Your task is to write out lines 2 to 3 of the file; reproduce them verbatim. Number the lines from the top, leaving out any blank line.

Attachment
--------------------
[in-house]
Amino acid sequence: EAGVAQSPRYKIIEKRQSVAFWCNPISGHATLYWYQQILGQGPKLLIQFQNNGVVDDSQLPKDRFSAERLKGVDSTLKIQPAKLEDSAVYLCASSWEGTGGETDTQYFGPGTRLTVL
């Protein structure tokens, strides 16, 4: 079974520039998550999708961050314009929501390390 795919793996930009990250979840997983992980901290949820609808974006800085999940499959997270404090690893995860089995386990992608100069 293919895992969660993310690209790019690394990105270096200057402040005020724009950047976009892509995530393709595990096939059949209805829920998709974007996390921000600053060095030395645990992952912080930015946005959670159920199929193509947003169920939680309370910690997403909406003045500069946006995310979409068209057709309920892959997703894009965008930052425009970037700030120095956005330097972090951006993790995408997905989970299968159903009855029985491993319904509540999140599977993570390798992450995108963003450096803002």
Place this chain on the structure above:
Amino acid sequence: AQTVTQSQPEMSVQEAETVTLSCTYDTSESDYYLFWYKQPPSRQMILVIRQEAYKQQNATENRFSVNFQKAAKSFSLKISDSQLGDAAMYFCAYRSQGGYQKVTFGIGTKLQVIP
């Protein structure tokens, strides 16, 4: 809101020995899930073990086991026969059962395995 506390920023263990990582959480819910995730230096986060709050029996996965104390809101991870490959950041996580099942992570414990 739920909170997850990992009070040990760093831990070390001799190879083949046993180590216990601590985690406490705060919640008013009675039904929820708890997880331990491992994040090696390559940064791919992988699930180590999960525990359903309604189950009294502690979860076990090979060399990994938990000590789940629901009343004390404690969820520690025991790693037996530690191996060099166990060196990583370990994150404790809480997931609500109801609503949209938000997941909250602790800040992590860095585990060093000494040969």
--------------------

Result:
Amino acid sequence: EAGVAQSPRYKIIEKRQSVAFWCNPISGHATLYWYQQILGQGPKLLIQFQNNGVVDDSQLPKDRFSAERLKGVDSTLKIQPAKLEDSAVYLCASSWEGTGGETDTQYFGPGTRLTVL
């Protein structure tokens, strides 16, 4: 079974520039998550999708961050314009929501390390 795919793996930009990250979840997983992980901290949820609808974006800085999940499959997270404090690893995860089995386990992608100069 293919895992969660993310690209790019690394990105270096200057402040005020724009950047976009892509995530393709595990096939059949209805829920998709974007996390921000600053060095030395645990992952912080930015946005959670159920199929193509947003169920939680309370910690997403909406003045500069946006995310979409068209057709309920892959997703894009965008930052425009970037700030120095956005330097972090951006993790995408997905989970299968159903009855029985491993319904509540999140599977993570390798992450995108963003450096803002």